Land Surveyor in the United States can trace the history of our profession back to the founding fathers of our country. George Washington, Thomas Jefferson, and Abraham Lincoln, three of the faces on Mount Rushmore, were Land Surveyors at one time during their careers. Lewis and Clark took survey measurements on their journey through the Louisiana Purchase to the West coast. Astronauts even placed reflectors on the moon so scientists could take accurate measurements to determine the moon’s orbit. A Professional Land Surveyor is defined by the State of Colorado as: “an individual who practices professional land surveying and who is currently licensed with the board after demonstrating competency to practice, as required by section 12-25-214.”…”An applicant may qualify for licensing as a professional land surveyor by endorsement and examination if such applicant passes the required examination or examinations pertaining to Colorado law.” The act of Land Surveying is further defined by the State of Colorado as: "the application of special knowledge of the principles of mathematics, methods of measurement, and law for the determination and preservation of land boundaries.”
For most people, buying property is the largest investment they will make during their lifetime. When a person buys property they are granted a bundle of rights via the deed which conveys that property from one owner to the other. Every state requires Land Surveyors to be licensed, and each state has laws regarding real property which are unique to that state. A Land Surveyor; during the course of his or her work is expected to comply with these laws, regulations, standards, and codes which have been established by sate, county, and local governments in order to protect the public and these rights.
The answer to the first part of this question will be different for each person depending upon their situation. Some local governments will require a survey prior to new construction in order to verify the development meets local zoning codes and regulations. In other situations someone may want to divide their property and sell a portion to a relative or for profit. In other situations the mortgage or title company may require a survey prior to lending on or insuring a piece of property. The other time a survey may be necessary is when a person believes there may be a conflict of the use of a property. A survey is important in all of these instances in order to protect the individual’s rights to their property as well as to protect their investment. We have spoken with many people who wished they had a survey prior to purchasing a piece of property; on the other hand, we know few people who regret having had one.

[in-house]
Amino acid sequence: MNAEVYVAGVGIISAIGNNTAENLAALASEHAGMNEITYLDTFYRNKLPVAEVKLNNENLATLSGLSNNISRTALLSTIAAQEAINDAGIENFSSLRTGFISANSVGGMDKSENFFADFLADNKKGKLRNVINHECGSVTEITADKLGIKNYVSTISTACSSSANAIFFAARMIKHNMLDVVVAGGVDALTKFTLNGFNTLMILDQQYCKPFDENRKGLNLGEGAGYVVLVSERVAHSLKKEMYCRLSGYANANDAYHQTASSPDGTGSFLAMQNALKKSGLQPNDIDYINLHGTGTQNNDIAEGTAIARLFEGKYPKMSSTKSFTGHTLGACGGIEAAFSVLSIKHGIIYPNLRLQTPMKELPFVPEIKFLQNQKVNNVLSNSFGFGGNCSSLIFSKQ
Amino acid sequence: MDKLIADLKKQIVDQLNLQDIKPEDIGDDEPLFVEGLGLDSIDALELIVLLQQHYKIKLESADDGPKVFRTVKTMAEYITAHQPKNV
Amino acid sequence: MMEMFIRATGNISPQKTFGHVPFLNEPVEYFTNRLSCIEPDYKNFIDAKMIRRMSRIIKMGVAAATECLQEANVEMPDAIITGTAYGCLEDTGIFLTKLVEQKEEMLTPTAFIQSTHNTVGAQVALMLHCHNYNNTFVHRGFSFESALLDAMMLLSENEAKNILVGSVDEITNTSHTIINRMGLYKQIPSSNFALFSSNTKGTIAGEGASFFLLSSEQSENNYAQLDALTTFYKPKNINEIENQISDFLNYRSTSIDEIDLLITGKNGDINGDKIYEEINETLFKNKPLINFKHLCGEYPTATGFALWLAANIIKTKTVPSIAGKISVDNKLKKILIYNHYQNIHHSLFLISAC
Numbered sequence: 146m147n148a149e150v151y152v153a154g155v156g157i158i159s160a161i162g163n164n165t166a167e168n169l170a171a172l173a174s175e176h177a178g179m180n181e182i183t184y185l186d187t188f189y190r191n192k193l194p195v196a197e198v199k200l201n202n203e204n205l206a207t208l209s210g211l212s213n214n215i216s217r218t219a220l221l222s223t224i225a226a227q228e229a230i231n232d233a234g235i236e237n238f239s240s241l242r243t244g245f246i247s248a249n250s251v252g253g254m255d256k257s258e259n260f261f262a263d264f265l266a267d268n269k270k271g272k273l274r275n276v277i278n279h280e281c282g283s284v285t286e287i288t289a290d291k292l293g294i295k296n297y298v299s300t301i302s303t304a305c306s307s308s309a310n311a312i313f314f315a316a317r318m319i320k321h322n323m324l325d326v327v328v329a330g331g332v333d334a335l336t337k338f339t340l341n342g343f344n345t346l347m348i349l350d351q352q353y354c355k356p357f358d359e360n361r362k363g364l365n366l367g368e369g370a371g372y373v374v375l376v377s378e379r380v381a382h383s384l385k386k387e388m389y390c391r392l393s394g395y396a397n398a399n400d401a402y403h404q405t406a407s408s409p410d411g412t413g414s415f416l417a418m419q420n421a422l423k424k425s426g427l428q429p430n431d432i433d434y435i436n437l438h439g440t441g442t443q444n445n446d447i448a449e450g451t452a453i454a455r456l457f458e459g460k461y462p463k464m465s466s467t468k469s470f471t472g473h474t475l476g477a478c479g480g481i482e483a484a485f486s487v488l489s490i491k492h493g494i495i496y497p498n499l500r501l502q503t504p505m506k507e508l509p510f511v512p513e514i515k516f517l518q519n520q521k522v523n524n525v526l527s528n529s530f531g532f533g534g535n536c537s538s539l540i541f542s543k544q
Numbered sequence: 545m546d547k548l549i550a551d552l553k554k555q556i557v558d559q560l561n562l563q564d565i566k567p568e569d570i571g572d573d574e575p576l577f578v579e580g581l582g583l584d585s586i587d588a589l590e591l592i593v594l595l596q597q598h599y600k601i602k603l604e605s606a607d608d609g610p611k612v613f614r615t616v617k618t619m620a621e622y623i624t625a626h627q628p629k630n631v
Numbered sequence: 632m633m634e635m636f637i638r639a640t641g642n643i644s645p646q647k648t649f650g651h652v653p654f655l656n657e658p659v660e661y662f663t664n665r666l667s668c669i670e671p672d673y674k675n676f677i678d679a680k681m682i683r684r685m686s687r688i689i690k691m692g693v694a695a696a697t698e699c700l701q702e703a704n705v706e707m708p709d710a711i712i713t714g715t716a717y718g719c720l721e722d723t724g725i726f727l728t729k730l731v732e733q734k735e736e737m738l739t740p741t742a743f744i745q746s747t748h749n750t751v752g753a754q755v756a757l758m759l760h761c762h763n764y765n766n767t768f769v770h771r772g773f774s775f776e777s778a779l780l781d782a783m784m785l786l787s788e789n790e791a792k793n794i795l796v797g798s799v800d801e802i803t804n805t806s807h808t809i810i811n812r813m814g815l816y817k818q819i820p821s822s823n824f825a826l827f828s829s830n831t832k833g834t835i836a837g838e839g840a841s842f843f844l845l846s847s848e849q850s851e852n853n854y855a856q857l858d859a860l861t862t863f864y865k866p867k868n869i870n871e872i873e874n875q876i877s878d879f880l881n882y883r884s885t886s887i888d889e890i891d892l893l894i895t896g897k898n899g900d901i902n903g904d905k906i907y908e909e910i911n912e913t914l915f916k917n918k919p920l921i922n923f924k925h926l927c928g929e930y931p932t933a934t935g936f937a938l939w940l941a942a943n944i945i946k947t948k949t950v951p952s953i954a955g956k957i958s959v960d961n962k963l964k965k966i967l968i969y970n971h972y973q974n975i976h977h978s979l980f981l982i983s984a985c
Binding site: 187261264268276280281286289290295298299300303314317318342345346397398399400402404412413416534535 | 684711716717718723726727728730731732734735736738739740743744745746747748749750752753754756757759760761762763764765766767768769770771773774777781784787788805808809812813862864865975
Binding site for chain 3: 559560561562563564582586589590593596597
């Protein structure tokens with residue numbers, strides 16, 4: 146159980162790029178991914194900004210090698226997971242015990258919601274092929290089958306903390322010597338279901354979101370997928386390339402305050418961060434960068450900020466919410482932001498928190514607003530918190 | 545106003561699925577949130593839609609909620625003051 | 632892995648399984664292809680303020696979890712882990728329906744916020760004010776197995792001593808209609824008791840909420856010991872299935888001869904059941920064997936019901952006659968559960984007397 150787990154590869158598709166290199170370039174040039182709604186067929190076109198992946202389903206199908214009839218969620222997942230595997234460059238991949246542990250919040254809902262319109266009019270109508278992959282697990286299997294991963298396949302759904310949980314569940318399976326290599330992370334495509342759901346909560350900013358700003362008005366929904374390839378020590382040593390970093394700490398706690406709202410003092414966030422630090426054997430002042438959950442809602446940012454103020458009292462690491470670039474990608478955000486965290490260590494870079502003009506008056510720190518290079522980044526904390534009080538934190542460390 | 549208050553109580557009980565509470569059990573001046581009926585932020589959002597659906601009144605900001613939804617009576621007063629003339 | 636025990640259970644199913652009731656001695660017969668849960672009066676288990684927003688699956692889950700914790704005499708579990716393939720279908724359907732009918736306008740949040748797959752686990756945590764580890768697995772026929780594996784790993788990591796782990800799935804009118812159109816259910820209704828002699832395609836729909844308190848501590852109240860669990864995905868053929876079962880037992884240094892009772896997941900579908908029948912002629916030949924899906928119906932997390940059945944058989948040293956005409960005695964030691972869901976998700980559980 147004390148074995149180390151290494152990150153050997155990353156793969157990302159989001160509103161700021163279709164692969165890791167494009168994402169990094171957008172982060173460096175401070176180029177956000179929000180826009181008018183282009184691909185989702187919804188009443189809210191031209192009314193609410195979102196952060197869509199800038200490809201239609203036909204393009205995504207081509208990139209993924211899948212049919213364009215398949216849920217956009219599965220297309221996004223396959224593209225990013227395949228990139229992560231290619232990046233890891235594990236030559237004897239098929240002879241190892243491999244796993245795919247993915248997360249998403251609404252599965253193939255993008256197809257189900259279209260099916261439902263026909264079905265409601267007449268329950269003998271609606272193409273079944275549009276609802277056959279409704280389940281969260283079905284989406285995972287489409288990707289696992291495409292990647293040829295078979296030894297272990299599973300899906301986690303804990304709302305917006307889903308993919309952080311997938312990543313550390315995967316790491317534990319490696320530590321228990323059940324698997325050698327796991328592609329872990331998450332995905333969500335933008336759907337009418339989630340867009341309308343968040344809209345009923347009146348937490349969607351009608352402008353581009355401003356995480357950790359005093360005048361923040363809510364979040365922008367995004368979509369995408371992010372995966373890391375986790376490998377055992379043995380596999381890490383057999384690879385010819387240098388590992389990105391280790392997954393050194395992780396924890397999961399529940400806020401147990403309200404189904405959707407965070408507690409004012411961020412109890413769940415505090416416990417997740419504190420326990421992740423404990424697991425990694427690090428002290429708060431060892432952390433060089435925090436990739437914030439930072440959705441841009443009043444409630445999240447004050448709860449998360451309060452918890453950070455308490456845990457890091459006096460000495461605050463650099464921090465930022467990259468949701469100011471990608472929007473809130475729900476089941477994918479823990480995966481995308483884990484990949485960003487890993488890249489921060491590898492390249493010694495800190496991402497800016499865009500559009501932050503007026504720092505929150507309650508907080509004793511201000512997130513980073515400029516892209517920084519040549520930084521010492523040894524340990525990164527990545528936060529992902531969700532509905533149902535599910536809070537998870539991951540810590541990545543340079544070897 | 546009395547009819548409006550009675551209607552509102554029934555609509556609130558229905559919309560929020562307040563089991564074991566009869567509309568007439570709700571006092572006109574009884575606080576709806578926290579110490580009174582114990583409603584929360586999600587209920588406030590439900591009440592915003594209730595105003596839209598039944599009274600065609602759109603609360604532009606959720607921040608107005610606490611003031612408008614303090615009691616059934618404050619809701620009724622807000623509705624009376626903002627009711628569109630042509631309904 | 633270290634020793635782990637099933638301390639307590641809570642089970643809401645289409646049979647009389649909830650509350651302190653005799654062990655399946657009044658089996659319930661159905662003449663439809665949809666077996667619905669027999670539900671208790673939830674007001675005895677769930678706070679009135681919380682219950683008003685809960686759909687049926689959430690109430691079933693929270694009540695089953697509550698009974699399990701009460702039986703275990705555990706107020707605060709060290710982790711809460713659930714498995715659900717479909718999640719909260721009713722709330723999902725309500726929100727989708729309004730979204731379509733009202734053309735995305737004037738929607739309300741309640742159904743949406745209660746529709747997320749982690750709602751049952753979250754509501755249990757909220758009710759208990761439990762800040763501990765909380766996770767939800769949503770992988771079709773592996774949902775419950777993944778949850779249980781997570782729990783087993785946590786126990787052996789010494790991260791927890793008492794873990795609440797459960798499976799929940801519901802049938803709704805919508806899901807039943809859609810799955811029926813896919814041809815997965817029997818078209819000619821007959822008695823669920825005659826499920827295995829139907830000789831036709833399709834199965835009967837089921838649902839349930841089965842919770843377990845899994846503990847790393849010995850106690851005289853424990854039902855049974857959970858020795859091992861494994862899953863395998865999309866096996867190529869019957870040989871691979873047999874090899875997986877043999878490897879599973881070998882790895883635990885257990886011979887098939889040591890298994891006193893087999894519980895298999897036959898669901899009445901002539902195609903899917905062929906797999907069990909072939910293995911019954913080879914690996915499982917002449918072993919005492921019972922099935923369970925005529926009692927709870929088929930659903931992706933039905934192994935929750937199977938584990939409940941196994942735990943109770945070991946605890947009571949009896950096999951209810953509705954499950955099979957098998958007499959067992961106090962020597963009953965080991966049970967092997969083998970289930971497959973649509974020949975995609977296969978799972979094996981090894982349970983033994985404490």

Here is the big question and the one that can be at times difficult to answer. It is not uncommon for a surveyor to be asked to provide an estimate on a property which was created 90 to 100 years ago. Most farms and ranches along the Colorado Front Range rely on corners which were set by the government in the late 1800’s. Some types of surveys can be fairly straight forward and most surveyors will estimate their fees based upon an hourly rate schedule and/or time and materials approach. All Land Surveys will require research of property records, recovering existing property evidence, survey measurements, office calculation, and drafting. The most difficult of these to estimate is the time it will take to research the property records and recover existing property evidence.